No doubt when Dunn homers
The slugger is leading the major leagues in home runs and is on pace to hit 45 this year.
Comment: Can he do it?
By Matt O'Donnell
Wednesday, August 06, 2008
CINCINNATI — David Weathers has enjoyed every home run he's seen Adam Dunn hit.
When Weathers was pitching for the New York Mets in 2003, Dunn hit a two-run homer off him after the Mets had closed within one in the previous inning. The Reds eventually won 8-5.
"He's got some serious thunder in his bat," Weathers said. "A lot of these guys want to talk about average and getting on base and stuff like that, but guys like Adam Dunn, one swing of the bat and they change the course of the game."
The Reds will decide exactly how valuable Dunn is to them after the season when the slugger files for free agency. Until then, there is history to chase.
Entering the game Tuesday night, Aug. 5, against the Milwaukee Brewers, Dunn led the major leagues with 32 home runs (Ryan Howard of the Phillies had 31). He is on course for 45, one short of his career high. If Dunn continues at his current pace, he would produce 40 or more home runs for the fifth consecutive season.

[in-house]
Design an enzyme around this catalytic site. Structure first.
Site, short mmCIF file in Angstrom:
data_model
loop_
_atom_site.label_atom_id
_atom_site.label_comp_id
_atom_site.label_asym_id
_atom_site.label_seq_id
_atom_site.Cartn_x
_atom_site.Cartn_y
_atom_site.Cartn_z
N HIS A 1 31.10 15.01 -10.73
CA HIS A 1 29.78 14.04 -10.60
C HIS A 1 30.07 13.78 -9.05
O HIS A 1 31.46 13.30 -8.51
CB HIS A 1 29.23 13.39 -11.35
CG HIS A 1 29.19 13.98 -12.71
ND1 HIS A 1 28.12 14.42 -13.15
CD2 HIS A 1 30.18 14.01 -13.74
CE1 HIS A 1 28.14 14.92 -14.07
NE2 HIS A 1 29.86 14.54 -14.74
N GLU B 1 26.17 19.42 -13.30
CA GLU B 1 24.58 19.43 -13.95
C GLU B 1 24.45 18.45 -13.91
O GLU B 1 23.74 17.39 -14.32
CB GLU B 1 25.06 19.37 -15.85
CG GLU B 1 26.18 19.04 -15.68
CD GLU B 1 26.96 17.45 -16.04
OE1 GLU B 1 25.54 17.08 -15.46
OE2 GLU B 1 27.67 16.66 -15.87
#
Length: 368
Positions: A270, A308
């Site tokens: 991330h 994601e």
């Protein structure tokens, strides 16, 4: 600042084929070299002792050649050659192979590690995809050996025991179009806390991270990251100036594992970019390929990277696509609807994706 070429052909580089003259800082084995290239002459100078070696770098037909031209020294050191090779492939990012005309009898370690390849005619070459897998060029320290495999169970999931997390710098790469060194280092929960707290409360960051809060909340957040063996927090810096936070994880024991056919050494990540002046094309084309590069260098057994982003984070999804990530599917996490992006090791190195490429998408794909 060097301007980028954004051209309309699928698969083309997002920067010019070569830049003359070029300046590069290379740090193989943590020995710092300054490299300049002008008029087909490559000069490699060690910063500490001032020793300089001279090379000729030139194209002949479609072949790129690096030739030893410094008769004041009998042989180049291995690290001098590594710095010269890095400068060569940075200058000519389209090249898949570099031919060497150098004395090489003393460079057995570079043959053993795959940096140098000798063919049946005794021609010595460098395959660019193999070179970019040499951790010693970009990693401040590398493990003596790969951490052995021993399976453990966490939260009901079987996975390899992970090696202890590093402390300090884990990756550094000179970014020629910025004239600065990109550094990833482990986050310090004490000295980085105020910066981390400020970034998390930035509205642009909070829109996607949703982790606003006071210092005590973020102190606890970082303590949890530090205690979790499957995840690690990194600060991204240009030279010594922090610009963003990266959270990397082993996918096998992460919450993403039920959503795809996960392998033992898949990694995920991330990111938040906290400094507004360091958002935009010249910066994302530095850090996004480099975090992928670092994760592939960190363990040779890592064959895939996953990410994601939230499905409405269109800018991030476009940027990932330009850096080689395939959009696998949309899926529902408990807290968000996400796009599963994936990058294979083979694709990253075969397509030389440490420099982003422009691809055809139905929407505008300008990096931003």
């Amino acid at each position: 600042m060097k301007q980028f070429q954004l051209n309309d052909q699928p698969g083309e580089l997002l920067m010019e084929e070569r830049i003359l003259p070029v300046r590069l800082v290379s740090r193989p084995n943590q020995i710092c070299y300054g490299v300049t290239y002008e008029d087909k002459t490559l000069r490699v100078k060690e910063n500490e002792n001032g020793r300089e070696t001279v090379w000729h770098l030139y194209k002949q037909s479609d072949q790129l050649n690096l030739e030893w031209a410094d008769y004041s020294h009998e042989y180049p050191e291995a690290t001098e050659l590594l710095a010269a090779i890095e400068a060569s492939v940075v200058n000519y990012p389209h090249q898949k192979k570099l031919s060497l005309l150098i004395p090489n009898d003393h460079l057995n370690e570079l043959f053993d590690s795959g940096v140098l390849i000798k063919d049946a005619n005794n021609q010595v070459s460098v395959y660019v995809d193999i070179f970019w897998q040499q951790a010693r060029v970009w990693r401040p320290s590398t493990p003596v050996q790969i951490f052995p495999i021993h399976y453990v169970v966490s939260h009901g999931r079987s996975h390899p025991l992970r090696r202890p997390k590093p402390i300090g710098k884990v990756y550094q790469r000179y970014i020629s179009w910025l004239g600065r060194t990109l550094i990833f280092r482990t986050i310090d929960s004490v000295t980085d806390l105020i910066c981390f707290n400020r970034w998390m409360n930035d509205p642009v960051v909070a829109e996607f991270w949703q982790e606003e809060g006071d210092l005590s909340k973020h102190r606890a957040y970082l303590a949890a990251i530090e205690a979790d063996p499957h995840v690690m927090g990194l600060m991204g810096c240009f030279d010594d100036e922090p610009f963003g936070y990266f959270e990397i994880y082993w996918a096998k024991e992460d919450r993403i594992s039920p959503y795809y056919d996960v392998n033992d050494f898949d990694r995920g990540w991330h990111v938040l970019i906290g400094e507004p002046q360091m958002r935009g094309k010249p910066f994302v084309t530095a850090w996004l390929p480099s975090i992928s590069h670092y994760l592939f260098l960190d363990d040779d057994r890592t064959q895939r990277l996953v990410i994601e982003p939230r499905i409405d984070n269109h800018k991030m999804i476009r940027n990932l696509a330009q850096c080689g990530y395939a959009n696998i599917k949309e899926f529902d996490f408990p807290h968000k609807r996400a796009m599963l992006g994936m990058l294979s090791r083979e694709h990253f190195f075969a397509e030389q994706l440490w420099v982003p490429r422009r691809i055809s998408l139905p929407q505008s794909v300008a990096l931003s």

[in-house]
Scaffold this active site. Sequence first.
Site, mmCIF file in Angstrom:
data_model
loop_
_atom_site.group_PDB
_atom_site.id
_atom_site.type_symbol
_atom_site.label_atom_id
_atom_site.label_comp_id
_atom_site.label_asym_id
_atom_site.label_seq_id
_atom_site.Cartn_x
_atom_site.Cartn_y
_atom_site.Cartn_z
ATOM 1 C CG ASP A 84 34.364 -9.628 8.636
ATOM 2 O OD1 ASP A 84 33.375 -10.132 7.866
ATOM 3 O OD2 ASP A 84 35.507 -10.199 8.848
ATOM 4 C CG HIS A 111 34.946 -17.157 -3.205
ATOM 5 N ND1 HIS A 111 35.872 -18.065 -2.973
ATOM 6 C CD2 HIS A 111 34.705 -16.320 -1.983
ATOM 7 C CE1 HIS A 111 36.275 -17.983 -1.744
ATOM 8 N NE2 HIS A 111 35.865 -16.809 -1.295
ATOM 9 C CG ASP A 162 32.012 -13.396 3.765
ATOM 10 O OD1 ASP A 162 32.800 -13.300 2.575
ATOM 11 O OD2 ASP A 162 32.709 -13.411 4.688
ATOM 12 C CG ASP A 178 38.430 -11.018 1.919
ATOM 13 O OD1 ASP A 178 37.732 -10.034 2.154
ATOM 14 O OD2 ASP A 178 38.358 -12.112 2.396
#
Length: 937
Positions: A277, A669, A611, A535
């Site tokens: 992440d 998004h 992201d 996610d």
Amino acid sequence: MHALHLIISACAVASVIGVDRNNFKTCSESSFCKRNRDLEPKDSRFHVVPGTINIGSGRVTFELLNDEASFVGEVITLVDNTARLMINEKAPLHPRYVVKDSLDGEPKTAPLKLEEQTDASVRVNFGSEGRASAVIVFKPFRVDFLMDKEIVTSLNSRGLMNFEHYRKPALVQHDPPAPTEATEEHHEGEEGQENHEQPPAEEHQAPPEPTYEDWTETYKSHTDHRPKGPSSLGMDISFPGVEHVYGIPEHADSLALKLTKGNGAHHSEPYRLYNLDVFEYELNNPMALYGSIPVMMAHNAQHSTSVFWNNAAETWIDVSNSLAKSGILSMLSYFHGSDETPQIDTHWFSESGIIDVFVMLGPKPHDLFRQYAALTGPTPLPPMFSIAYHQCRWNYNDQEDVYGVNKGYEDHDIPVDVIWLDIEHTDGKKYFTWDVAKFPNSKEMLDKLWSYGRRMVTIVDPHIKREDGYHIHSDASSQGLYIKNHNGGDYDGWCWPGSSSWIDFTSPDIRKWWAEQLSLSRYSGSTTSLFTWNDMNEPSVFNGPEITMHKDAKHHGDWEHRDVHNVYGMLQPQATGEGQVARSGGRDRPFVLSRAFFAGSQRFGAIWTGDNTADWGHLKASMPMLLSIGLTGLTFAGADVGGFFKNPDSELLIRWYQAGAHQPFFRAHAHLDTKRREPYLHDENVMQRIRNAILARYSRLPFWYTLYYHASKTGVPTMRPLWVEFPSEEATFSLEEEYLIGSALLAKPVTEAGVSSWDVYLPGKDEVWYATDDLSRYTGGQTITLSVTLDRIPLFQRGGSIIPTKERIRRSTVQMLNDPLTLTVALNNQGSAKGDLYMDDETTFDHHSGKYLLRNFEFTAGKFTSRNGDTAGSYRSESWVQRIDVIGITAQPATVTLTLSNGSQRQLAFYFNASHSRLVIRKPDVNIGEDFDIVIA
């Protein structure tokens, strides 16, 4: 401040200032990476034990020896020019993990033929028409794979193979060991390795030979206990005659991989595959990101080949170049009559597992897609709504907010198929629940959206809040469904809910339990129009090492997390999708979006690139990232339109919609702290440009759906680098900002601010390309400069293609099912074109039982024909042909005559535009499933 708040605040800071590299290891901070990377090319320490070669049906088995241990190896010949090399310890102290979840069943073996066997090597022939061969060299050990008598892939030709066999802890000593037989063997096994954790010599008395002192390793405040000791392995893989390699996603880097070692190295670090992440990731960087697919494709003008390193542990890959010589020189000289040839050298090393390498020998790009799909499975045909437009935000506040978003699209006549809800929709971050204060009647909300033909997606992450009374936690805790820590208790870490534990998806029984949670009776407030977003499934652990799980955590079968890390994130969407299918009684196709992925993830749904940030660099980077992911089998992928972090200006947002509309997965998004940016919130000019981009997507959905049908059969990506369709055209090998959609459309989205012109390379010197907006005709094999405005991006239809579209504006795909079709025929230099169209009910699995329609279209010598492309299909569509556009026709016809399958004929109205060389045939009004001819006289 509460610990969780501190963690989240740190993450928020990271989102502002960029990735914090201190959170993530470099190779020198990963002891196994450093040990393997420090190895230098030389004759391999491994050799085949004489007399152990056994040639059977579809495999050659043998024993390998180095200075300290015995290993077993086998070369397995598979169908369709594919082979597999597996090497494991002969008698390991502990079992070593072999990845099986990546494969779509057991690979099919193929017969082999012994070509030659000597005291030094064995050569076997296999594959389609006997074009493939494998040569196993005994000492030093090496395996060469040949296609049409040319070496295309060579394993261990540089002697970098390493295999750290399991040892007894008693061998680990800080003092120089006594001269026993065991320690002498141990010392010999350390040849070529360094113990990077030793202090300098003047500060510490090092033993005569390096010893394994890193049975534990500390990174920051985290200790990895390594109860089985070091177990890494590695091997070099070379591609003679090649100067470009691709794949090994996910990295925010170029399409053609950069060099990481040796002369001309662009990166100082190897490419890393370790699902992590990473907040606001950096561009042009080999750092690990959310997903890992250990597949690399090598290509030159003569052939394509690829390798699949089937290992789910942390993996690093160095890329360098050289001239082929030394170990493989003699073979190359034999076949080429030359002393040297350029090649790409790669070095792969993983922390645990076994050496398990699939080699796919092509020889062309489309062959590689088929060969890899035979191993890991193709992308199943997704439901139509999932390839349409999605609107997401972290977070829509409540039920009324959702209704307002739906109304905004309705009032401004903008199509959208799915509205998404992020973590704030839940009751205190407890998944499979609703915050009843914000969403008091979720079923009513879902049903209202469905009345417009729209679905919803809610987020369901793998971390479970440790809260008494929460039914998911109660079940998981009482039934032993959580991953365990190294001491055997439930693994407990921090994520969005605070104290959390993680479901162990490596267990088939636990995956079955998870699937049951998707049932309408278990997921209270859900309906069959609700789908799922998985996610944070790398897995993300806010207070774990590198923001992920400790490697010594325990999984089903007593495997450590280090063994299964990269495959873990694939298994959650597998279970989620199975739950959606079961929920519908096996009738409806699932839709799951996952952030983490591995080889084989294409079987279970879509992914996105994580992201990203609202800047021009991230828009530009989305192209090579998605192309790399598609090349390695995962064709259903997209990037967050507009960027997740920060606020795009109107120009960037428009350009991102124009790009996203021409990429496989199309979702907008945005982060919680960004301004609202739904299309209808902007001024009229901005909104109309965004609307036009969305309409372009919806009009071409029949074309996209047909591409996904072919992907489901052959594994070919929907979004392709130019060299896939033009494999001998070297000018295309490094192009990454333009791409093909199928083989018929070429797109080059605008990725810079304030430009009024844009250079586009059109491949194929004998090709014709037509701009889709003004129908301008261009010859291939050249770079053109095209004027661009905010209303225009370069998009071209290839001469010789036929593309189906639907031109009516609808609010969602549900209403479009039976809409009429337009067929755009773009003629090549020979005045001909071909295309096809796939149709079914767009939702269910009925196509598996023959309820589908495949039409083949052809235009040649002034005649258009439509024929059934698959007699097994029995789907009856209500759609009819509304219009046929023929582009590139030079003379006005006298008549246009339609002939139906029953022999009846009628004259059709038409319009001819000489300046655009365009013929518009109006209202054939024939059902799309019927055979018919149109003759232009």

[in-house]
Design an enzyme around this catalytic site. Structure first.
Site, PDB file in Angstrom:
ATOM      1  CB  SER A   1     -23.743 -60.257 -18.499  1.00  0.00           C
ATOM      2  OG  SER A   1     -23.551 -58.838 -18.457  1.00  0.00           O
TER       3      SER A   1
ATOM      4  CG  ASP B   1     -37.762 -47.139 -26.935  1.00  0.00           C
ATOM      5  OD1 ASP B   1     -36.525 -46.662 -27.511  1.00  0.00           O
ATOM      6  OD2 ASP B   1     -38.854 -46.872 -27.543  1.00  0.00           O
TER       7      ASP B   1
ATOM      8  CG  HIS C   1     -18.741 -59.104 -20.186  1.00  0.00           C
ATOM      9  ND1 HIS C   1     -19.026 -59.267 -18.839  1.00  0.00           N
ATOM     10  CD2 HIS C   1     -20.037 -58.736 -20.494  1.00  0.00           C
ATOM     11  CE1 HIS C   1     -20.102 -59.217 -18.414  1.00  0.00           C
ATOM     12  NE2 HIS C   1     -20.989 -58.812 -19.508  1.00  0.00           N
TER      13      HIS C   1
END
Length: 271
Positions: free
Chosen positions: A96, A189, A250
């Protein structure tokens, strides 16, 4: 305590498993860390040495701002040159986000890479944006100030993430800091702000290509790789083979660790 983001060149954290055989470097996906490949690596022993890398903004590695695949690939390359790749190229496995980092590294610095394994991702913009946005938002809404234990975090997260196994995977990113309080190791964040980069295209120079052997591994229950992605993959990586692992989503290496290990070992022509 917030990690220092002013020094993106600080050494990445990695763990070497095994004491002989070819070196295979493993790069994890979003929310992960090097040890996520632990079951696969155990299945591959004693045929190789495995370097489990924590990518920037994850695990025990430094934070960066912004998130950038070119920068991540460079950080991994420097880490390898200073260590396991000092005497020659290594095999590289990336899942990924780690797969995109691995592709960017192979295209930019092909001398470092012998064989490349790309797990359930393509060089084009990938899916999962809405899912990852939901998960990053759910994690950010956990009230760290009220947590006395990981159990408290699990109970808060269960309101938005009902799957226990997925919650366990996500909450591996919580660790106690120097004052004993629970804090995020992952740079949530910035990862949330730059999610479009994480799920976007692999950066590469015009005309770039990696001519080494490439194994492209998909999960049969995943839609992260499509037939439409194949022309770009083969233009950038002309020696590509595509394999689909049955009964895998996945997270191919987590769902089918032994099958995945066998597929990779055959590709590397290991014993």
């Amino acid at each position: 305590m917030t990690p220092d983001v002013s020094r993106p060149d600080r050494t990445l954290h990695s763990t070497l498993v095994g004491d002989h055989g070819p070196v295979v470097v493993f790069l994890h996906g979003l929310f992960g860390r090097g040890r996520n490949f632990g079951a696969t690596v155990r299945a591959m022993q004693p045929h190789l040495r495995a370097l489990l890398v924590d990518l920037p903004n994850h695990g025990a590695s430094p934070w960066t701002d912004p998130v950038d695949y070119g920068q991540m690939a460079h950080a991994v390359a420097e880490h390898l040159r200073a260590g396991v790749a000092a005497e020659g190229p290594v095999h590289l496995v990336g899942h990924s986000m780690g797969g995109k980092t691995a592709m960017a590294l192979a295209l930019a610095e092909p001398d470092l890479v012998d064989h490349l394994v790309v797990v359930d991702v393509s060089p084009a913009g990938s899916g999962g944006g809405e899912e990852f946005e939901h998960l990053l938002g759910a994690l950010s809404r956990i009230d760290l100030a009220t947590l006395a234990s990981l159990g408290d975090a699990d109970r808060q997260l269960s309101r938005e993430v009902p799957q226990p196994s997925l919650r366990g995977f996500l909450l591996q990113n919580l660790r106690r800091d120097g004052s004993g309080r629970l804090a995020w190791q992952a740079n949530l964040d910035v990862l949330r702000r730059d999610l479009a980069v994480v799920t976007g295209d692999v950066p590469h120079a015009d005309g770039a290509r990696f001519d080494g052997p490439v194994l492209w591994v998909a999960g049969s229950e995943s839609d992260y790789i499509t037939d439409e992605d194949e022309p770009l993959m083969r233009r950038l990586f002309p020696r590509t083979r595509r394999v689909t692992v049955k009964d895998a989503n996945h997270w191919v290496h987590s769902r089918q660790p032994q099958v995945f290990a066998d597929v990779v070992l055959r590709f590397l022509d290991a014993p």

Dunn ranks sixth on the Reds' all-time home run list with 238, six away from George Foster. He is second only to St. Louis Cardinals first baseman Albert Pujols (282) in home runs among active players under age 28.
Despite all that, Dunn has never led the majors (or the National League) in homers. If he were able to lead the majors this year, it would be the first time a Red has accomplished the feat since Foster hit 52 in 1977. Foster led the NL with 40 homers in 1978.
"I don't pay attention to it until the end of the year," Dunn said. "If that happens at the end of the year, that'd be cool."
It's not just the fact that Dunn hits them; it's the way he does it.
In 2004, Dunn hit a 535-foot homer off Los Angeles Dodgers pitcher Jose Lima that bounced off Mehring Way and landed on a piece of driftwood in the Ohio River. It is the longest home run at Great American Ball Park.
"(His home run power) is definitely at the top," Milwaukee Brewers power-hitting first baseman Prince Fielder said. "He has just as much or more power than anyone else in the league."
"He hits them and you just laugh," teammate Jay Bruce said. "The ones he hits are no doubters. It doesn't matter where he's at."
The only chink in Dunn's armor as a power hitter is that his production falls off late in the season. In September, he's a career .219 hitter with 20 home runs and 60 RBIs, about half of his production in other months.
"When you get into September you've got more matchups," Dunn said. "You've got more pitchers getting called up that you haven't faced. There's obviously a lot more lefties. It's just a variety of things that have contributed to that."
Packing A Punch
Entering Tuesday's game, Adam Dunn led the National League in home runs (32) and had the best HR ratio (at-bats for every homer):
1. Adam Dunn, Reds 10.9
2. Ryan Ludwick, Cardinals 13.3
3. Ryan Howard, Phillies 13.6
3. Pat Burrell, Phillies 13.6
5. Dan Uggla, Marlins 13.8
This is a new article but the information is old. Dunn now has 270 career homeruns and is fourth all-time on the Reds homerun list.